SCQF Level: 8
Availability: Semester module, Autumn
Course Prerequisite: MAT912
Credit Value: 22 (I module)
To provide techniques for the solution of some differential equations, to extend the theory of differential calculus to functions of more than one variable, to consider the approximation of arbitrary functions by polynomials, and to develop an understanding of infinite series. To acquaint students with the theory of probability, to illustrate some of its applications to solve real world problems, and to demonstrate its relevance to statistical analysis.
Students should be able to differentiate functions of several variables, solve certain types of differential equations, obtain Taylor approximations of arbitrary functions, and determine whether infinite series converge or diverge; use counting techniques, calculate basic and conditional probability; derive the mean and variance for a range of discrete and continuous distributions, use these distributions in real-life situations; and understand and implement simple hypothesis tests and confidence intervals.
A1: Optimisation, solution of differential equations
A2: Partial differentiation
A3: Taylor's theorem - the approximation of functions by polynomials; sequences and series; Taylor series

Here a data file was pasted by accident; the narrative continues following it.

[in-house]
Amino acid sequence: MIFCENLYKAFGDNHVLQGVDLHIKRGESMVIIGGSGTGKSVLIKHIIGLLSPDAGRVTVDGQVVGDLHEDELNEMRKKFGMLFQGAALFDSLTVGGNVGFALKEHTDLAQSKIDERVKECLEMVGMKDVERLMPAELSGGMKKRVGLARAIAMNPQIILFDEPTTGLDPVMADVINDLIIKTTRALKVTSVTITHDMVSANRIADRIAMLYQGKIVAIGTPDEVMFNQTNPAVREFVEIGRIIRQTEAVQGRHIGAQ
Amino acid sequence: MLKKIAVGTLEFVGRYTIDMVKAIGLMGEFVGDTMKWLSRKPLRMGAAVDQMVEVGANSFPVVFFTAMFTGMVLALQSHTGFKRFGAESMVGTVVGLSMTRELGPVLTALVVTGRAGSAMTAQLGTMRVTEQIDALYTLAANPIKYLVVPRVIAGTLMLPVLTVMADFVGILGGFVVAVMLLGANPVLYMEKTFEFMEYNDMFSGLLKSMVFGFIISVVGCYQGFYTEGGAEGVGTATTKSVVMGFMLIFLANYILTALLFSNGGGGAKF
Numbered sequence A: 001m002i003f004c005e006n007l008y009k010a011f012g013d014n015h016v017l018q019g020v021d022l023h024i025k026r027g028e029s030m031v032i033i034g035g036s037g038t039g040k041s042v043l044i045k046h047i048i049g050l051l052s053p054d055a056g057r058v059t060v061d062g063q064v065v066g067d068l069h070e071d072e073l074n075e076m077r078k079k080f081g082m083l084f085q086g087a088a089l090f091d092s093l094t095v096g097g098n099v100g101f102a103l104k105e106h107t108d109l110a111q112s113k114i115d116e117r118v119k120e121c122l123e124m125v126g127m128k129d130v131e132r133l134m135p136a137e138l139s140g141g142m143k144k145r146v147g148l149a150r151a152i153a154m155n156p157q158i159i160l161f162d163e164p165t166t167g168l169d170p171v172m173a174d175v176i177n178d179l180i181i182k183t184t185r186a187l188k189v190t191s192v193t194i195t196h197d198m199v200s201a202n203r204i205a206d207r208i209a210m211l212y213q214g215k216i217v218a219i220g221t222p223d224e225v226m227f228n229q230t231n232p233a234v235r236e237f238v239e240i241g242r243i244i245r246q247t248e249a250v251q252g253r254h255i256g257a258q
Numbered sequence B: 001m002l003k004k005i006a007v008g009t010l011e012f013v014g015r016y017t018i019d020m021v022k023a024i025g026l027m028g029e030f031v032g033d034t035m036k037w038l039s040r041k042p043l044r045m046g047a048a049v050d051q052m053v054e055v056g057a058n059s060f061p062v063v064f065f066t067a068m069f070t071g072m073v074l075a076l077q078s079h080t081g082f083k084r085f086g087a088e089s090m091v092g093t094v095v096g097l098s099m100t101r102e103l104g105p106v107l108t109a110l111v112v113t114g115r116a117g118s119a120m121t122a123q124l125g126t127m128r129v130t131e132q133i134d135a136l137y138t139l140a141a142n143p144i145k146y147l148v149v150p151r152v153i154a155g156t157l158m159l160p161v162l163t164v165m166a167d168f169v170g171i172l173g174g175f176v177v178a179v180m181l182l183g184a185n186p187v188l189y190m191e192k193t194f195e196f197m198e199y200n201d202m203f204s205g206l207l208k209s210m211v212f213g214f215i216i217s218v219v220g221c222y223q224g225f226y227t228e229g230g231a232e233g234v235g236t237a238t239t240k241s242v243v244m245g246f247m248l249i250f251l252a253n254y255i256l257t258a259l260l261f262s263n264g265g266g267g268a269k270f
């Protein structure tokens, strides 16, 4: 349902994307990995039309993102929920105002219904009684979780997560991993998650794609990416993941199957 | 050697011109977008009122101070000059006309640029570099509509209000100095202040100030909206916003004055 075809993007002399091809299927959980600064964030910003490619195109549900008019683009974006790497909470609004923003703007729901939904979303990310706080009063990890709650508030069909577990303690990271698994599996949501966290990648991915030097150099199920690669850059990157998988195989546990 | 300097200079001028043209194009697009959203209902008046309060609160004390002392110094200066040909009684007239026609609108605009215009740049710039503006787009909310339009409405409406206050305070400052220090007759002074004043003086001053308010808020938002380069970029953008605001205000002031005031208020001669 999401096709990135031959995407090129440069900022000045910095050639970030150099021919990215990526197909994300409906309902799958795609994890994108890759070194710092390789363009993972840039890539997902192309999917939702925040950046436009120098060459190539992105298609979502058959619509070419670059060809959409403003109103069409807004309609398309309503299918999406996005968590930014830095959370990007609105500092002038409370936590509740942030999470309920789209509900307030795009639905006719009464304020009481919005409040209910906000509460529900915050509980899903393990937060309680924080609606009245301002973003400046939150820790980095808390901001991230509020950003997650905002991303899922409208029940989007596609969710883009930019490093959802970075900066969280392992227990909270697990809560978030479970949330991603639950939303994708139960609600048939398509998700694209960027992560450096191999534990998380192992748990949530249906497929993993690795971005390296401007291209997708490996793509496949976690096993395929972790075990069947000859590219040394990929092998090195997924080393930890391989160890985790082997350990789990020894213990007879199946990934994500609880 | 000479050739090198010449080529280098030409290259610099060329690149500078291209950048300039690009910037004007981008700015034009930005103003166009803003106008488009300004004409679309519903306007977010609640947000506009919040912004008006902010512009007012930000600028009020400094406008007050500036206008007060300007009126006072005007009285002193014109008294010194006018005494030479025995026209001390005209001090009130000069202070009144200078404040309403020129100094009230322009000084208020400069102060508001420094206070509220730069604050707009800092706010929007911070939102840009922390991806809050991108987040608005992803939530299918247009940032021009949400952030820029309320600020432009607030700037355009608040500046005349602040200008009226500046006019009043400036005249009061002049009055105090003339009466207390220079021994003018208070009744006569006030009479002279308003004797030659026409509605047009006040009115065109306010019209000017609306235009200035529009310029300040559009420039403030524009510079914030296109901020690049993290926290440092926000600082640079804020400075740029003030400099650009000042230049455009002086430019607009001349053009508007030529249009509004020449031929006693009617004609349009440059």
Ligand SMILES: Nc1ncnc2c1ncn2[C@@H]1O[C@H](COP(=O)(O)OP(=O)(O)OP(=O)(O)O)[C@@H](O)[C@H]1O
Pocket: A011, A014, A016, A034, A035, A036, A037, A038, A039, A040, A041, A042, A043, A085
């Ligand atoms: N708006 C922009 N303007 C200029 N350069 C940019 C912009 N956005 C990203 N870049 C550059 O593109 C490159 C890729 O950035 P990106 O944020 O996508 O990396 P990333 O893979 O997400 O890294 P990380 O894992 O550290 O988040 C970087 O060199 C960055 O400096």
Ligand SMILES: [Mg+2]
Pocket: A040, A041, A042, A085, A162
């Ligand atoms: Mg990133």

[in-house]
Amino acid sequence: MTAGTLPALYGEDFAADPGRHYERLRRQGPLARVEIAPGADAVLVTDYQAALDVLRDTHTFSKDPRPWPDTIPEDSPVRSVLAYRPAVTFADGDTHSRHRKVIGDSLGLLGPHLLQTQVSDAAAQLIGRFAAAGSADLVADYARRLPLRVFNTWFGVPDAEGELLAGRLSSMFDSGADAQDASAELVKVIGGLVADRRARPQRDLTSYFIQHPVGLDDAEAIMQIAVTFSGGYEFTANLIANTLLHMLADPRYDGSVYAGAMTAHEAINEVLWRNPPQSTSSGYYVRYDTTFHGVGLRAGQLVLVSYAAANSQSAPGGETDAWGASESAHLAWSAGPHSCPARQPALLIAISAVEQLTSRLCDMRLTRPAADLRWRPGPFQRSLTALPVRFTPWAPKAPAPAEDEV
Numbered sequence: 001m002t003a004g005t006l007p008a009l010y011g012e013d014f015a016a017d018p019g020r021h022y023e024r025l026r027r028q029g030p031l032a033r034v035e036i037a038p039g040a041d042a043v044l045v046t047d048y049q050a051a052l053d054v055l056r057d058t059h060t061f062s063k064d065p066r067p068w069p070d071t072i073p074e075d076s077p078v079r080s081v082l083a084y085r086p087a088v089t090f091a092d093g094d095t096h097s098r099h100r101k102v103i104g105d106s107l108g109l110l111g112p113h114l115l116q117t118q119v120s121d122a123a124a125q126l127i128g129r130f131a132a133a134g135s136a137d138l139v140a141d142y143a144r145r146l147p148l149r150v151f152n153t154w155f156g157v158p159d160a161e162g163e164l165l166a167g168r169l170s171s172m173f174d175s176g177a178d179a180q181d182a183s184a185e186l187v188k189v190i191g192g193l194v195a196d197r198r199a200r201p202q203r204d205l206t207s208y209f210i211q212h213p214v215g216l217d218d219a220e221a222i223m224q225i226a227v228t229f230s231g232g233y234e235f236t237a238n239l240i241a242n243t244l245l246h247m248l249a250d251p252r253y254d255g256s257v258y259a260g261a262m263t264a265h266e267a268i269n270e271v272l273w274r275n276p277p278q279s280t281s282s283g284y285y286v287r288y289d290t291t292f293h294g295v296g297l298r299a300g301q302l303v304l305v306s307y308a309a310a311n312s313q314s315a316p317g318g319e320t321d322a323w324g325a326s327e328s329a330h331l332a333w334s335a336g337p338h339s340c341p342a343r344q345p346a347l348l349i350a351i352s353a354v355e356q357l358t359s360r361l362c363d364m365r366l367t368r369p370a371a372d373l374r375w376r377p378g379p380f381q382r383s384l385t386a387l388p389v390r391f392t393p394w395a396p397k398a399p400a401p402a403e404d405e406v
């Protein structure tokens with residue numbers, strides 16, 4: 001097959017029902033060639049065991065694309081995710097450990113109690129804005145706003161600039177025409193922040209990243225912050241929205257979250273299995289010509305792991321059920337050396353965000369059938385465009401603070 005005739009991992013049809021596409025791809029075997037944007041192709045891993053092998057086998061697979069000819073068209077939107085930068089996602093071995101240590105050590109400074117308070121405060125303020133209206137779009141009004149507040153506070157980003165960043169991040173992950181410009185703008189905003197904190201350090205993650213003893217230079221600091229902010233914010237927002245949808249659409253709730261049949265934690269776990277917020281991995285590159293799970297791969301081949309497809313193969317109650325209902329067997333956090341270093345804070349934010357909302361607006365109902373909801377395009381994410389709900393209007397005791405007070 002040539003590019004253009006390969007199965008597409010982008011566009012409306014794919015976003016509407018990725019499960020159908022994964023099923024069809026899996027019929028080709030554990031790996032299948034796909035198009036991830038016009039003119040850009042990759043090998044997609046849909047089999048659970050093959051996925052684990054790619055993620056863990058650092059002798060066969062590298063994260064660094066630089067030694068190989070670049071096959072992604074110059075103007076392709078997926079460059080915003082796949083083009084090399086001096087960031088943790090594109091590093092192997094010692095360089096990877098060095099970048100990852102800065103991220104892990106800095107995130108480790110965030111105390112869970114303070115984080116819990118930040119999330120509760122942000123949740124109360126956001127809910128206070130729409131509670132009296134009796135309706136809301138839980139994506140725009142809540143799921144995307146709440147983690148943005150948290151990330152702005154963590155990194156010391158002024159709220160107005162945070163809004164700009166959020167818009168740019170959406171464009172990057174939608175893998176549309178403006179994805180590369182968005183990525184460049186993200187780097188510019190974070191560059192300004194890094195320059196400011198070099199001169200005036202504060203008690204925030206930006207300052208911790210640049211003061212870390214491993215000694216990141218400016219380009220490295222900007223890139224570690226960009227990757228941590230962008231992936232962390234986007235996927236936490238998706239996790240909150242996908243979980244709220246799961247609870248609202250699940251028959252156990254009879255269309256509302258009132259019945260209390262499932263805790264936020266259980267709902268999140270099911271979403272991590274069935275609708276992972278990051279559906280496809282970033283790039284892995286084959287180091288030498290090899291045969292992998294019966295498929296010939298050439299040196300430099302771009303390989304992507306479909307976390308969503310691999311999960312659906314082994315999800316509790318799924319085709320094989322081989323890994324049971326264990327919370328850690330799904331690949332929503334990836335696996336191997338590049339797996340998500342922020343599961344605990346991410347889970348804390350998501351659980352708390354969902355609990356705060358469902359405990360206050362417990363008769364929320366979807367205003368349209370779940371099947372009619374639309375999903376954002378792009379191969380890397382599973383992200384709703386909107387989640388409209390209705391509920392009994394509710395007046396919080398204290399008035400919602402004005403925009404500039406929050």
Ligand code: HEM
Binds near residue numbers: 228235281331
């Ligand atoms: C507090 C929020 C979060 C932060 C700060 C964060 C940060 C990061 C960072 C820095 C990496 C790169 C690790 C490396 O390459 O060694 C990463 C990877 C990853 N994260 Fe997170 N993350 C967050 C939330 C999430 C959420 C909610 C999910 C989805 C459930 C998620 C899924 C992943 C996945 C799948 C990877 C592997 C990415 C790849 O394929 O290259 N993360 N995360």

B1: Basic probability, conditional probability, random variables
B2: Probability models using the binomial, Poisson, exponential and normal distributions
B3: The role of probability in elementary statistical analysis
Logical and analytical thinking, problem solving, and numeracy.
H. ANTON et al. "Calculus Early Transcendentals Combined" (eighth
edition), 2005 or
R. A. ADAMS, "Calculus: A Complete Course", Addison-Wesley, (fifth edition), 2002
S. LIPSCHUTZ & M. LIPSON, "Schaum's Outline of Probability ", McGraw Hill (second edition) 2000.
There will be four lectures and one 1.5 hour tutorial per week.
Coursework (including 2 class tests) 40%, examination 60%.
Please note: this page updates the information on page 9 of the Student Handbook 2004/5